#OnThisDay in 2006, Comair Flight 5191 crashes on takeoff from the wrong runway

10 years ago today, Comair Flight 5191 (N431CA) was a domestic passenger flight from Blue Grass Airport, Lexington, Kentucky to Hartsfield-Jackson Altanta International Airport, Georgia. The Bombardier CRJ-100ER jet was carrying 47 passengers & 3 crew members.


A CRJ-100ER in Comair livery at the gate in Jacksonville, Florida.



The cockpit crew of Comair Flight 5191 were Captain Jeffrey Clay (left) and First Officer James Polehinke (right). At the time of the accident the first officer was the pilot flying the plane.

On the morning of 27 August at 06:00, Comair Flight 5191 taxied out for takeoff. The flight was cleared for a runway 22 departure, which is Lexington’s main runway. Because the runway was repaved just recently with an added safety area at the approach end of runway 22, one taxiway was no longer in use. Since August 20 the taxi route to runway 22 was changed.


After confirming “Runway two-two”, Captain Jeffrey Clay taxied onto Runway 26, an unlit secondary runway only 3,500 feet (1,000 m) long, and turned the controls over to First Officer James Polehinke for takeoff.

The air traffic controller was not required to maintain visual contact with the aircraft; after clearing the aircraft for takeoff, he turned to perform administrative duties and did not see the aircraft taxi to the runway. As the First Officer commenced the takeoff roll. One of the pilots made a remark about the lack of runway light illumination, but the takeoff was continued.

Clay called for rotation but the aircraft sped off the end of the runway before it could lift off. It then struck a low earthen wall adjacent to a ditch, becoming momentarily airborne, clipped the airport perimeter fence with its landing gear, and smashed into trees, separating the fuselage and flight deck from the tail.


The aircraft struck the ground about 1,000 feet (300 m) from the end of the runway. Forty-nine of the 50 people on board perished in the accident; most of them died instantly in the initial impact. The resulting fire destroyed the aircraft.

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The sole survivor was First Officer James Polehinke. He suffered serious injuries, including multiple broken bones, a collapsed lung, and severe bleeding. Polehinke underwent surgery for his injuries including an amputation of his left leg. Doctors later determined that Polehinke had suffered brain damage and has no memory of the crash or the events leading up to it. In August 2007, Polehinke filed a lawsuit against the airport and the company that designed the runway and taxi lights. The families of 21 of the 47 passengers filed lawsuits against Polehinke.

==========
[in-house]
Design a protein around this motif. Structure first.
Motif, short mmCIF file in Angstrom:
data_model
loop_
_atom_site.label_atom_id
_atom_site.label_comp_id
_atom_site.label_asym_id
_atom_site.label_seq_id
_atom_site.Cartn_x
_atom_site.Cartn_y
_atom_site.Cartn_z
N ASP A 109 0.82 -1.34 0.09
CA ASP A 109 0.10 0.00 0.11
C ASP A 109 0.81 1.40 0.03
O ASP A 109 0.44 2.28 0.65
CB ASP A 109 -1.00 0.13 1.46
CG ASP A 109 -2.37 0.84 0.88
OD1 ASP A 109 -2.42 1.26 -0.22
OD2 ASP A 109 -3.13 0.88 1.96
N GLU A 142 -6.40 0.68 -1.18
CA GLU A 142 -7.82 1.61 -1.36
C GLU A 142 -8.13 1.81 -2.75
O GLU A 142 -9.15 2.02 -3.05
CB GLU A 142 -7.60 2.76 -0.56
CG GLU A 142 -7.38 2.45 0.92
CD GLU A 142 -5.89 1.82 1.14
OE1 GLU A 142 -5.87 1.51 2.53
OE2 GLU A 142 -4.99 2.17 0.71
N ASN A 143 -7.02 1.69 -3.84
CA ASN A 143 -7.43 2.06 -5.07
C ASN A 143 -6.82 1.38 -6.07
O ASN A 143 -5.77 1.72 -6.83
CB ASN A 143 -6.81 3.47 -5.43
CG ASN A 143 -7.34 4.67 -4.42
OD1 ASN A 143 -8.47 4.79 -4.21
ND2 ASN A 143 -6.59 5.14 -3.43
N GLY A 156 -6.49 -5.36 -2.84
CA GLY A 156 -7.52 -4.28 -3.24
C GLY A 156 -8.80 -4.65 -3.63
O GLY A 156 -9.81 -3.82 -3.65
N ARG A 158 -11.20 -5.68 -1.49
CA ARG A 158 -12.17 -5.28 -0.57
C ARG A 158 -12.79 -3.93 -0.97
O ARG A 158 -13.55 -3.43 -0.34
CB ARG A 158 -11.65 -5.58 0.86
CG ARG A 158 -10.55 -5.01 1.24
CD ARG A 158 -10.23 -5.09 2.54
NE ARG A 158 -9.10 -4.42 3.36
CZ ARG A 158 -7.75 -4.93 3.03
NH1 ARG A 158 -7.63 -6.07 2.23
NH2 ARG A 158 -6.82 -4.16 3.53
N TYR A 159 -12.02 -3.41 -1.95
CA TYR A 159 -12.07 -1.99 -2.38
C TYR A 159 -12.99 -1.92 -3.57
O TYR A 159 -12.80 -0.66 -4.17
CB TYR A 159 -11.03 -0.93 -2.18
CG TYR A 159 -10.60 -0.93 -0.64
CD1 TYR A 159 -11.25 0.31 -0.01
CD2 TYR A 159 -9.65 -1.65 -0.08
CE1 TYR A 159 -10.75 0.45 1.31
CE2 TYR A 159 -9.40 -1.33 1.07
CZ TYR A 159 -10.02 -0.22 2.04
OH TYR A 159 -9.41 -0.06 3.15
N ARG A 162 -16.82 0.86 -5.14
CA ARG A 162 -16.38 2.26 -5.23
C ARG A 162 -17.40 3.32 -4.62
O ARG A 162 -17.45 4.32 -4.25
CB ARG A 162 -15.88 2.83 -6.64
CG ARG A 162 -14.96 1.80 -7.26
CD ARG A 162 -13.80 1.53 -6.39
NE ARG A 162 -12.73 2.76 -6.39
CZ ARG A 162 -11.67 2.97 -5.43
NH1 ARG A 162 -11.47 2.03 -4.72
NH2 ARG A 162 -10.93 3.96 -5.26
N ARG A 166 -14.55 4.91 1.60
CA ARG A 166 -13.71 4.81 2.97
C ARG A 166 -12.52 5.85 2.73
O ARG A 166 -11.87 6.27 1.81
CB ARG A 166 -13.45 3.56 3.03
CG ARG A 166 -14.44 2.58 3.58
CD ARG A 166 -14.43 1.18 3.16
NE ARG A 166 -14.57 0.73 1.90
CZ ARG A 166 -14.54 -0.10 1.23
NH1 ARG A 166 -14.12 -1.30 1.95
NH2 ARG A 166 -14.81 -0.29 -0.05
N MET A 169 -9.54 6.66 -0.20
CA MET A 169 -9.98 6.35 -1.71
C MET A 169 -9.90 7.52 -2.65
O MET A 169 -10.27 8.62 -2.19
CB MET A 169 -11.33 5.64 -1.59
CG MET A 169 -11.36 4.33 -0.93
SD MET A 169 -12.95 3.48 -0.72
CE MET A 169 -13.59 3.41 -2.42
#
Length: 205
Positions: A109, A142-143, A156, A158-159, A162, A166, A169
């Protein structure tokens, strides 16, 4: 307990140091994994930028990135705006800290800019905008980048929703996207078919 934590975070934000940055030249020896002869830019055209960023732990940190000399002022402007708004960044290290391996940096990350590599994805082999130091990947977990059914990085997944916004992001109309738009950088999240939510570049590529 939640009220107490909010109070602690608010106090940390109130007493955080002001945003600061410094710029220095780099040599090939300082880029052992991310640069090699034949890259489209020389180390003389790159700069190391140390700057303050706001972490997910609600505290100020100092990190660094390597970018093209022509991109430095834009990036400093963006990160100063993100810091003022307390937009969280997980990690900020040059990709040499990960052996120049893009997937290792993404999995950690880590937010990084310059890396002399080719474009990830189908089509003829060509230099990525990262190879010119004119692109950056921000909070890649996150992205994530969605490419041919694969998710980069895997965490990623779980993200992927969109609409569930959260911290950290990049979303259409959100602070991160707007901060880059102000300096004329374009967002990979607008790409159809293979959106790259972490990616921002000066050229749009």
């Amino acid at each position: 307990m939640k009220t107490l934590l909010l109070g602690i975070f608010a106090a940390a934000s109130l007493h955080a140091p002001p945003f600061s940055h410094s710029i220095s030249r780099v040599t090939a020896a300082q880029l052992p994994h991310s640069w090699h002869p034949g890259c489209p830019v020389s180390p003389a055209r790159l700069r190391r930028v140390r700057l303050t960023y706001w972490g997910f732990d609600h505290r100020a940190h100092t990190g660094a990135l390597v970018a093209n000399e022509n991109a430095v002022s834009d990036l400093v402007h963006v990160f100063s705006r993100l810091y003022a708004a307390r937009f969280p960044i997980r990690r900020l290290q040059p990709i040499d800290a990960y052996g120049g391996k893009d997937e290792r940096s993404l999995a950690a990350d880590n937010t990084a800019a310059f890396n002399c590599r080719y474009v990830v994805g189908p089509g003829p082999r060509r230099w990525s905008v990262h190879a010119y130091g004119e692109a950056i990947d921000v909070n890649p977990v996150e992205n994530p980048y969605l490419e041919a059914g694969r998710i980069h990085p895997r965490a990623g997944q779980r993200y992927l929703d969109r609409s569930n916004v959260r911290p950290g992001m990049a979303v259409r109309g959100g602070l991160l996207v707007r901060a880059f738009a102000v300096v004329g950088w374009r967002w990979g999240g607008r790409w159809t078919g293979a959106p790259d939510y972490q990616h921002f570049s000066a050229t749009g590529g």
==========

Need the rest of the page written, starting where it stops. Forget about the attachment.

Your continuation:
The investigation was led by the National Transportation Safety Board (NTSB) they concluded that the likely cause of the crash was pilot error.


They concluded that Clay and Polehinke ignored clues that they were on the wrong runway, failed to confirm their position on the runway and talked too much, in violation of “sterile cockpit” procedures. Comair later accepted responsibility for the crash, but also placed blame on the airport, for what it called poor runway signs and markings, and the Federal Aviation Administration (FAA) which had only one air traffic controller on duty contray to a memo it had previously issued to have two workers on overnight shifts. A judge ruled that, since it was owned by county governments, the airport had sovereign immunity and could not be sued by Comair.

Based upon an estimated takeoff weight of 49,087 pounds (22,265 kg), the manufacturer calculated a speed of 138 knots (159mph) and a distance of 3,744 ft would have been needed for rotation with more runway needed to achieve lift-off. At a speed approaching 100 knots (120mph), Polehinke remarked “That is weird with no lights” referring to the lack of lighting on Runway 26. “Yeah”, confirmed Clay, but the FDR gave no indication either pilot tried to abort the takeoff as the aircraft accelerated to 137 knots (158mph).

Warning contains disturbing Cockpit Voice Recorder recordings.

Warning contains disturbing Cockpit Voice Recorder recordings.

Another video at the end of the article without the CVR recordings. 

Final Report

Article By: @AirCrashMayday

Sources: AviationSafety, Wikipedia